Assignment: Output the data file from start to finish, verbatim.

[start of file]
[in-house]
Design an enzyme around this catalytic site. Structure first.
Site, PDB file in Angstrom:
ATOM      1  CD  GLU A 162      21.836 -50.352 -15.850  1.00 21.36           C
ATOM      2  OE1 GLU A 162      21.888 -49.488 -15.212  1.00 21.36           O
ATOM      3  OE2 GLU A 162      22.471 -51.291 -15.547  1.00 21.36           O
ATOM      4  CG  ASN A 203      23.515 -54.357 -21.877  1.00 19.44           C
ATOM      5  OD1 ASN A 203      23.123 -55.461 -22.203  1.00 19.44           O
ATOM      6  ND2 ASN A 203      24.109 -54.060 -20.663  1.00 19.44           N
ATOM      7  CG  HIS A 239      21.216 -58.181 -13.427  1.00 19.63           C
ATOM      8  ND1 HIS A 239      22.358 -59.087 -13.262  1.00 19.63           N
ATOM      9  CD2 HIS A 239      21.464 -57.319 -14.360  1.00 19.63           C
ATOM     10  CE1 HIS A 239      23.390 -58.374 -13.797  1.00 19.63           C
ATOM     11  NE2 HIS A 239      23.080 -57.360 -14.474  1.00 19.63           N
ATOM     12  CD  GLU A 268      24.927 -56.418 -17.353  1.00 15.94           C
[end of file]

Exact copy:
[in-house]
Design an enzyme around this catalytic site. Structure first.
Site, PDB file in Angstrom:
ATOM      1  CD  GLU A 162      21.836 -50.352 -15.850  1.00 21.36           C
ATOM      2  OE1 GLU A 162      21.888 -49.488 -15.212  1.00 21.36           O
ATOM      3  OE2 GLU A 162      22.471 -51.291 -15.547  1.00 21.36           O
ATOM      4  CG  ASN A 203      23.515 -54.357 -21.877  1.00 19.44           C
ATOM      5  OD1 ASN A 203      23.123 -55.461 -22.203  1.00 19.44           O
ATOM      6  ND2 ASN A 203      24.109 -54.060 -20.663  1.00 19.44           N
ATOM      7  CG  HIS A 239      21.216 -58.181 -13.427  1.00 19.63           C
ATOM      8  ND1 HIS A 239      22.358 -59.087 -13.262  1.00 19.63           N
ATOM      9  CD2 HIS A 239      21.464 -57.319 -14.360  1.00 19.63           C
ATOM     10  CE1 HIS A 239      23.390 -58.374 -13.797  1.00 19.63           C
ATOM     11  NE2 HIS A 239      23.080 -57.360 -14.474  1.00 19.63           N
ATOM     12  CD  GLU A 268      24.927 -56.418 -17.353  1.00 15.94           C